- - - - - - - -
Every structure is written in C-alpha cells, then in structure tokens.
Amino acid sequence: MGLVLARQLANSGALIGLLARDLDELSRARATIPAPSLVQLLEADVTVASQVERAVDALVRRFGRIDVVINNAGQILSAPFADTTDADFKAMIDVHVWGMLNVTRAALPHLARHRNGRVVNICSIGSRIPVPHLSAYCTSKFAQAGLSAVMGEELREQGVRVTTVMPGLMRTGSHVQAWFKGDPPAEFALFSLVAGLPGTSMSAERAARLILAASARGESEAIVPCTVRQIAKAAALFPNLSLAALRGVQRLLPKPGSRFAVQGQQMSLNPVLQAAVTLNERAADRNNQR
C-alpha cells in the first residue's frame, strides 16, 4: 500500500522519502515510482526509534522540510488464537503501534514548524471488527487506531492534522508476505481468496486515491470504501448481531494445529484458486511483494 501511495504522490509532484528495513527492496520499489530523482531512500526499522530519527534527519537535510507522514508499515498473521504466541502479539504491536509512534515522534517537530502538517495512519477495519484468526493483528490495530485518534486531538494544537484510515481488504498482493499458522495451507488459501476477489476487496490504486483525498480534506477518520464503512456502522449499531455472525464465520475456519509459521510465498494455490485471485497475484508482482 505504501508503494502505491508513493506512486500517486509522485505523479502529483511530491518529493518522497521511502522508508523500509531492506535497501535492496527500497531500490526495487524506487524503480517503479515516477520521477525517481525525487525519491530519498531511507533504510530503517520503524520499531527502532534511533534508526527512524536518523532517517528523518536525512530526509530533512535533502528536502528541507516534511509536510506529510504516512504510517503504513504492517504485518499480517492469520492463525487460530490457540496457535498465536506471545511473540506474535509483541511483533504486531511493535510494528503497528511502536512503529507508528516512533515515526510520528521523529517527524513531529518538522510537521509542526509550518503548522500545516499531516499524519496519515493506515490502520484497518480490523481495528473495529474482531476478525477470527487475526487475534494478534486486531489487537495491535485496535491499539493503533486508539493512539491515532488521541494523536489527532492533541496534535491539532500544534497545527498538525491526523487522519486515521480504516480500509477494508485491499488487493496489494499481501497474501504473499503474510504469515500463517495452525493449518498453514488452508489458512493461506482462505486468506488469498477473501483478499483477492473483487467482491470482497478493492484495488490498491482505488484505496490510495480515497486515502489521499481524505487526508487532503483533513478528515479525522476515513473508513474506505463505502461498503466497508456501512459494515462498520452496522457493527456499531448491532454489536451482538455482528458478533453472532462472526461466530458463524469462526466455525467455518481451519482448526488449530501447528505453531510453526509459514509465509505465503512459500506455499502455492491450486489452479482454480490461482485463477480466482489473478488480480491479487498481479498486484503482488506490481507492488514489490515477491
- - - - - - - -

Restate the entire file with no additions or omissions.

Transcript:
Every structure is written in C-alpha cells, then in structure tokens.
Amino acid sequence: MGLVLARQLANSGALIGLLARDLDELSRARATIPAPSLVQLLEADVTVASQVERAVDALVRRFGRIDVVINNAGQILSAPFADTTDADFKAMIDVHVWGMLNVTRAALPHLARHRNGRVVNICSIGSRIPVPHLSAYCTSKFAQAGLSAVMGEELREQGVRVTTVMPGLMRTGSHVQAWFKGDPPAEFALFSLVAGLPGTSMSAERAARLILAASARGESEAIVPCTVRQIAKAAALFPNLSLAALRGVQRLLPKPGSRFAVQGQQMSLNPVLQAAVTLNERAADRNNQR
C-alpha cells in the first residue's frame, strides 16, 4: 500500500522519502515510482526509534522540510488464537503501534514548524471488527487506531492534522508476505481468496486515491470504501448481531494445529484458486511483494 501511495504522490509532484528495513527492496520499489530523482531512500526499522530519527534527519537535510507522514508499515498473521504466541502479539504491536509512534515522534517537530502538517495512519477495519484468526493483528490495530485518534486531538494544537484510515481488504498482493499458522495451507488459501476477489476487496490504486483525498480534506477518520464503512456502522449499531455472525464465520475456519509459521510465498494455490485471485497475484508482482 505504501508503494502505491508513493506512486500517486509522485505523479502529483511530491518529493518522497521511502522508508523500509531492506535497501535492496527500497531500490526495487524506487524503480517503479515516477520521477525517481525525487525519491530519498531511507533504510530503517520503524520499531527502532534511533534508526527512524536518523532517517528523518536525512530526509530533512535533502528536502528541507516534511509536510506529510504516512504510517503504513504492517504485518499480517492469520492463525487460530490457540496457535498465536506471545511473540506474535509483541511483533504486531511493535510494528503497528511502536512503529507508528516512533515515526510520528521523529517527524513531529518538522510537521509542526509550518503548522500545516499531516499524519496519515493506515490502520484497518480490523481495528473495529474482531476478525477470527487475526487475534494478534486486531489487537495491535485496535491499539493503533486508539493512539491515532488521541494523536489527532492533541496534535491539532500544534497545527498538525491526523487522519486515521480504516480500509477494508485491499488487493496489494499481501497474501504473499503474510504469515500463517495452525493449518498453514488452508489458512493461506482462505486468506488469498477473501483478499483477492473483487467482491470482497478493492484495488490498491482505488484505496490510495480515497486515502489521499481524505487526508487532503483533513478528515479525522476515513473508513474506505463505502461498503466497508456501512459494515462498520452496522457493527456499531448491532454489536451482538455482528458478533453472532462472526461466530458463524469462526466455525467455518481451519482448526488449530501447528505453531510453526509459514509465509505465503512459500506455499502455492491450486489452479482454480490461482485463477480466482489473478488480480491479487498481479498486484503482488506490481507492488514489490515477491